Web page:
SteelSeries Siberia V2 Headset Review
One of the most important peripherals a gamer can buy is a good set of headphones. It’s the difference between being on the battlefield surrounded by gunfire and explosions or just stood in a field while noises happen around you. Premium headphones have seen a huge rise in popularity over the last few years; they’ve grown up with us gamers to cater to that desire we all have for something that little bit better – be it the bigger screen, the faster processor or the quicker mouse. It can be hard to know where to put your money though, most of these headsets are sold online so trying before you buy can be difficult… but fear not, for today I’ve given the SteelSeries Siberia V2 headset a good going over to find out if they are worth the money.
The first thing you’ll say to yourself as you slide the Siberias out of the box is “Ohhh these are nice” and upon closer inspection your first impression will only be cemented further, this really is a well built and solid headset. They’re light too, which at first seems a bit strange because they look like they should be heavier. That’s not to say they are made of that cheap feeling plastic that tries to look expensive either. It’s a bit of a tough one to explain – they just feel exactly how you would want them too.
Thanks to their lightweight, soft ear pads and self adjusting headband the Siberia V2’s are extremely comfortable to wear, even for long periods of time. I’m not just talking your odd two hour sesh on Battlefield 3 either, wearing these for one of those Sundays spent in Azeroth isn’t a problem either.
The other half of what makes them so wearable is the audio quality; just striping away the fact that they are a gaming headset for a moment – these are a good pair of headphones, better than the pair of Skullcandys I paid £60 for and they make me feel stupid for spending over a hundred quid on a pair of Bose headphones. At low and mid level volumes they retain detail and depth, while when whacked up to the absolute maximum they never sound piercing, harsh or distort like you expect all headphones to be like. They maintain their integrity at all times which I’ll be honest surprised me.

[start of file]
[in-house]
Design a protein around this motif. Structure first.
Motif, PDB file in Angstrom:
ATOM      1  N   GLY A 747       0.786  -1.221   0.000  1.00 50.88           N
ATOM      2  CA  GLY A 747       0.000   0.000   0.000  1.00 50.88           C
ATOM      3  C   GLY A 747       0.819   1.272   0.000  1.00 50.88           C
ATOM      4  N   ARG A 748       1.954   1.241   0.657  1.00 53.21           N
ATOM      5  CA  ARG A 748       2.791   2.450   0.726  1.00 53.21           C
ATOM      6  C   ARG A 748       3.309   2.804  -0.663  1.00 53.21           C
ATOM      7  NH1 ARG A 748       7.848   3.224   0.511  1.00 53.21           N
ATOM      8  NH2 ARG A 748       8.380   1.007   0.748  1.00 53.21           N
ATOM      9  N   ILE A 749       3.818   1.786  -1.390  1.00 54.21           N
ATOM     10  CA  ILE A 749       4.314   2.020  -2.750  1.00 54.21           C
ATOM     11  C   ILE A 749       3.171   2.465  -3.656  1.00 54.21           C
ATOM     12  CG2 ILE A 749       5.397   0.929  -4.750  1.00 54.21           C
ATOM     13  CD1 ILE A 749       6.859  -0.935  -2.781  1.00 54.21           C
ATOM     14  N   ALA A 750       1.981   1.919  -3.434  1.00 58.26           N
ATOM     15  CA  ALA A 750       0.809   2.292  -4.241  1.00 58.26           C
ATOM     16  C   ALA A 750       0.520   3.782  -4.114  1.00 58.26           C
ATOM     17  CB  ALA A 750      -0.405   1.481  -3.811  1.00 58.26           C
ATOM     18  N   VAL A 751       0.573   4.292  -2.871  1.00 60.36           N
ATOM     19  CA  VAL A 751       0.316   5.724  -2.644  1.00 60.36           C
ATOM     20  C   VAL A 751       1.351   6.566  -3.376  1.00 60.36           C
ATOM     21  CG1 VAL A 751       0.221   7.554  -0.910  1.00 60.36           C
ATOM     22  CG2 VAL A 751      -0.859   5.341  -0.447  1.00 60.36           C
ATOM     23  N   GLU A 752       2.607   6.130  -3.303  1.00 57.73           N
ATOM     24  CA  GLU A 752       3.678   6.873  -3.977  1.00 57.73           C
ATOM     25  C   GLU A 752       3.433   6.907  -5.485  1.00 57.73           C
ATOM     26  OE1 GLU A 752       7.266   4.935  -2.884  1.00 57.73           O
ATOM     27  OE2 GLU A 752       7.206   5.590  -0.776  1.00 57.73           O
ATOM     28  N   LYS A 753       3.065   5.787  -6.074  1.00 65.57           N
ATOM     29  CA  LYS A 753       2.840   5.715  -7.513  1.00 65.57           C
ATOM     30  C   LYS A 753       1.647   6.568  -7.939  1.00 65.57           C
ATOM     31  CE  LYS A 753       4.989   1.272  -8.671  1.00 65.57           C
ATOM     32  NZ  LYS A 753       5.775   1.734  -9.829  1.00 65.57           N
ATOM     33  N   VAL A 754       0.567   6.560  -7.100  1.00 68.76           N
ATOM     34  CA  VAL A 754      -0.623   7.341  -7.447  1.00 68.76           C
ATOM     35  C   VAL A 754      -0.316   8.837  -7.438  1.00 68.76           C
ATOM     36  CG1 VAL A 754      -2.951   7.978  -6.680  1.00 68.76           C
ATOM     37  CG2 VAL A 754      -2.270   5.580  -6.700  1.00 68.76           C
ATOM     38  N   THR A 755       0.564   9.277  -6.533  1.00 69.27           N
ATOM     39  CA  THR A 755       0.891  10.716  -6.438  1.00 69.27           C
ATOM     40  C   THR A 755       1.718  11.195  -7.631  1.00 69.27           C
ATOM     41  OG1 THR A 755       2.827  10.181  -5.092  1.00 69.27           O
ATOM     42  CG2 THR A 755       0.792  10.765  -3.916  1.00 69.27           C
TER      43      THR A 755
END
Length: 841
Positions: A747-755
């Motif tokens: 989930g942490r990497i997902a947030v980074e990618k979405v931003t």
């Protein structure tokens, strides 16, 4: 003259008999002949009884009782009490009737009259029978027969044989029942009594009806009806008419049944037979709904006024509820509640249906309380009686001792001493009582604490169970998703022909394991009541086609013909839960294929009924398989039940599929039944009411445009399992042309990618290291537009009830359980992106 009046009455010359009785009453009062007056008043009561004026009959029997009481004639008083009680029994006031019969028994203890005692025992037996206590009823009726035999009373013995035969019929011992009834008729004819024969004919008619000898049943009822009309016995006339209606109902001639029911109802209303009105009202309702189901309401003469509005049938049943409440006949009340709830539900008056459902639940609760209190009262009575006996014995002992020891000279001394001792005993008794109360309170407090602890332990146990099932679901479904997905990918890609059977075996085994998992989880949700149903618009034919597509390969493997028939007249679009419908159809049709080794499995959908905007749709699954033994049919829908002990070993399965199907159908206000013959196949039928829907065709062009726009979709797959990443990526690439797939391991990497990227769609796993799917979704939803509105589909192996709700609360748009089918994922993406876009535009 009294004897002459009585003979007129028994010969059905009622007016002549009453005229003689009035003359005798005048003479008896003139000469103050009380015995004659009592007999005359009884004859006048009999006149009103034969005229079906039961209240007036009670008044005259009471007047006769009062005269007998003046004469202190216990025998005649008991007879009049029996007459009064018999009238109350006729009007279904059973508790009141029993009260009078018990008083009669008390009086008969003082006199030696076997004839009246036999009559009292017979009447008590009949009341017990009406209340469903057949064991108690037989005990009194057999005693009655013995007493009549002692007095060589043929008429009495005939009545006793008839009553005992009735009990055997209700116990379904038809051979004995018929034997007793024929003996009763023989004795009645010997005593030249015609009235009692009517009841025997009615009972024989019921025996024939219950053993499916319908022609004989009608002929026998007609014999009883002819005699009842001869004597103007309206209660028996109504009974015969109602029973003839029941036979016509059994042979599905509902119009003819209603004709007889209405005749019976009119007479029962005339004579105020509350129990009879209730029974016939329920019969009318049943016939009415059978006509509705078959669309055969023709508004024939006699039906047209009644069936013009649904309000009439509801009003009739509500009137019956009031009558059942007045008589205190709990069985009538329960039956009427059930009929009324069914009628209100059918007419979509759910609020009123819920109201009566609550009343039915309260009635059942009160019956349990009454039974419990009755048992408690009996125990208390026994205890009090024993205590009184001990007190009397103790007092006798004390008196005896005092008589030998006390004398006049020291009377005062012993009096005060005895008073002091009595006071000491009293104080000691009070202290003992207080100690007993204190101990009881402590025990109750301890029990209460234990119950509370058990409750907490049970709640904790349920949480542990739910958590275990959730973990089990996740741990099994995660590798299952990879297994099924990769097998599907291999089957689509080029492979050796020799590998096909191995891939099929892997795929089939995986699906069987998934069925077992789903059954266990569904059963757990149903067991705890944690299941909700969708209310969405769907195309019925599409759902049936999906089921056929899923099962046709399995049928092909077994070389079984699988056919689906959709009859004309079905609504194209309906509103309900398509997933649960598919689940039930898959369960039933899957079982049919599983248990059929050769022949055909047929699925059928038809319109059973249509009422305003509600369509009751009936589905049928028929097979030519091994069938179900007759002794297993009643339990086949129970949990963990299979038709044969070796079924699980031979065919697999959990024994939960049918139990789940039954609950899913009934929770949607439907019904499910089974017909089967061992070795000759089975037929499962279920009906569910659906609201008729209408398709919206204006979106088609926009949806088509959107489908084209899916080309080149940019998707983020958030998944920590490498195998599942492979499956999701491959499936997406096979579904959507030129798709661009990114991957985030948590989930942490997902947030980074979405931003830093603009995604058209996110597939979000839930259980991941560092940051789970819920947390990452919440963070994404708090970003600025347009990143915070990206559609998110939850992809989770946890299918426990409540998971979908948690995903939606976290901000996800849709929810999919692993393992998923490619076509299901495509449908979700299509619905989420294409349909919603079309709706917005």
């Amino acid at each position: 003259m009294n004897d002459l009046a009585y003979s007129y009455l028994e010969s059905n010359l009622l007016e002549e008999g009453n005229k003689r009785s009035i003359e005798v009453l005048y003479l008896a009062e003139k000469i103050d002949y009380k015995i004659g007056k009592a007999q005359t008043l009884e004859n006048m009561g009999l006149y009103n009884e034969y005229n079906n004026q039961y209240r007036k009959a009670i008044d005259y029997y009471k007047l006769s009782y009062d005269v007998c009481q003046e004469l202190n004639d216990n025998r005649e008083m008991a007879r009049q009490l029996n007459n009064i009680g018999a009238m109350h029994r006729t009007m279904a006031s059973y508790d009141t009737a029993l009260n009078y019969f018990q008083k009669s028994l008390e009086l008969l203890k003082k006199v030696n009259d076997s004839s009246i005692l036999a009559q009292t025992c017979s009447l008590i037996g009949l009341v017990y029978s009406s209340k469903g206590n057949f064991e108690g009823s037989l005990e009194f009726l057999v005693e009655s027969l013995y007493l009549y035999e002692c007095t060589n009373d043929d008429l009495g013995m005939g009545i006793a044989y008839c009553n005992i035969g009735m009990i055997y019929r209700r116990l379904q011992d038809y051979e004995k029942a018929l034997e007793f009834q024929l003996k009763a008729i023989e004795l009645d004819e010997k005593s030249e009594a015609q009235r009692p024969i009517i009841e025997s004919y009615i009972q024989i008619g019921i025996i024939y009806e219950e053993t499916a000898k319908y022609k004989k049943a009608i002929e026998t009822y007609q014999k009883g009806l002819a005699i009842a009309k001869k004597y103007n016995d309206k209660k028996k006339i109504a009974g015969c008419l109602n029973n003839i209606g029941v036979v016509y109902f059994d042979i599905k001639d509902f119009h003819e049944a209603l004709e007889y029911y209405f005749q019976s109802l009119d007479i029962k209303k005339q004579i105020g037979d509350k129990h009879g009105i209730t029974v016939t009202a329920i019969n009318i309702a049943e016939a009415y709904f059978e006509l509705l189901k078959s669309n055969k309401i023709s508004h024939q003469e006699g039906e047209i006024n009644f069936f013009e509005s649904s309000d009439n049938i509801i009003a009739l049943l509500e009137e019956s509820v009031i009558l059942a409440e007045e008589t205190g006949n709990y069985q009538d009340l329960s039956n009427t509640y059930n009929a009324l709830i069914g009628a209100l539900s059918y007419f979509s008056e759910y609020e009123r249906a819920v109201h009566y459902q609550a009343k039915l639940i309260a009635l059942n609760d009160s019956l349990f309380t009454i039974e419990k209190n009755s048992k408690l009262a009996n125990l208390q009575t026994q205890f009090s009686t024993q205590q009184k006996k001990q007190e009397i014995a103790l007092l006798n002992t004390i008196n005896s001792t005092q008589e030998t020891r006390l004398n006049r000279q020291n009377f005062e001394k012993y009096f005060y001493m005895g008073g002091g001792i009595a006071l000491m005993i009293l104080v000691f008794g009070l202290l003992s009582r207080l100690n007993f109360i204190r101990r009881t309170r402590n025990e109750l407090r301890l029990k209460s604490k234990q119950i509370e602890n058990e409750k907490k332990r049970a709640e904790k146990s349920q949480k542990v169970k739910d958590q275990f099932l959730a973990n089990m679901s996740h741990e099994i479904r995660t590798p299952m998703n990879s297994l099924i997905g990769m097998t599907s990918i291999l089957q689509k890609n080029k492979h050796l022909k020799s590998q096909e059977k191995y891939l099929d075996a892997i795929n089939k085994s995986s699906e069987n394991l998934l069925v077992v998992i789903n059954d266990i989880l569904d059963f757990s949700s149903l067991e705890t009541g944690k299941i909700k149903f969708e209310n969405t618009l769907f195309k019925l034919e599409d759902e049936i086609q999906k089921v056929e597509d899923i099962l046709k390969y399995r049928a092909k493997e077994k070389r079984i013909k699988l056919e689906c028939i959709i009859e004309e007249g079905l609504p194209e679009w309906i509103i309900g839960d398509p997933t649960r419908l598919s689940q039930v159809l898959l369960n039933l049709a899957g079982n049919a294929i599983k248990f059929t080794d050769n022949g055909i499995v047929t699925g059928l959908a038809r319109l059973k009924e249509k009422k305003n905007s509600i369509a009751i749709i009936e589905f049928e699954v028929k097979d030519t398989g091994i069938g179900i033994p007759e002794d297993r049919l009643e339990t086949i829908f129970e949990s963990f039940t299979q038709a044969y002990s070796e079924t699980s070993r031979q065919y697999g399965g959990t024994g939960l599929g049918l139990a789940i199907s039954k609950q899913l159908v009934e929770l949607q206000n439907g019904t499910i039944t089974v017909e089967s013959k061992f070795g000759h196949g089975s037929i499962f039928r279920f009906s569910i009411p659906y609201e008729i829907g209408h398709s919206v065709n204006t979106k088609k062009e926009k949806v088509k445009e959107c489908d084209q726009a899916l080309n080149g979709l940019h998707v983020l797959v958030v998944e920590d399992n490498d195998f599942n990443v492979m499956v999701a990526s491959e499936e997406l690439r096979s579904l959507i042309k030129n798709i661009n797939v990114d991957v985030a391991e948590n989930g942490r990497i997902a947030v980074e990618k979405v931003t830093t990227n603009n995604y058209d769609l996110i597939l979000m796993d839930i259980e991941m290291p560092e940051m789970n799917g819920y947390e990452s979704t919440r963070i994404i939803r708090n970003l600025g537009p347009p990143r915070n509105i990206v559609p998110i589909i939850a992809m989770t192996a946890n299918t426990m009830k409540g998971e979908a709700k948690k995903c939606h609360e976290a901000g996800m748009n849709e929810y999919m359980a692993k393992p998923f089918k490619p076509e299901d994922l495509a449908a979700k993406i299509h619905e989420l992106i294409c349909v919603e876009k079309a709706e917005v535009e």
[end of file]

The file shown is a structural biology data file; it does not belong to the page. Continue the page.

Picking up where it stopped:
It’s the versatility of the Siberia V2 headset that is another big plus in my books. I’m not restricted to using these on just my PC, with the aid of a separate audio mixer they could be used as a headset for the console, which thanks to the generous extension cable included is a possibility. I found myself using these for everything since they arrived, I even been creating excuses to use them over this last week like walking to my mums listening to music rather than taking the car. I’ve used them to edit the podcast with, I’ve used them to record my voice for a video I’ve used on the site and I got into playing Swords & Sworcery again on my iPad which I’m finding a completely different experience now I’m using headphones.
They are more the uses that apply to me though, and not something everybody does, I just wanted to prove a point that these really can be used for anything. So I’m going to go into a little more depth for three things that you would want any set of headphones to perform well in; movies, music and gaming.
Movie wise I opted for my digital copy of Iron Man 2 running on my iPad. I actually only wanted to test the first part where Tony drops into the Stark Expo because I know how awesome that bit sounds on my home theatre system that I’ve spent over two and a half grand on (that’s not me showing off, I just wanted you to understand that I’m fussy when it comes to my audio on movies and games).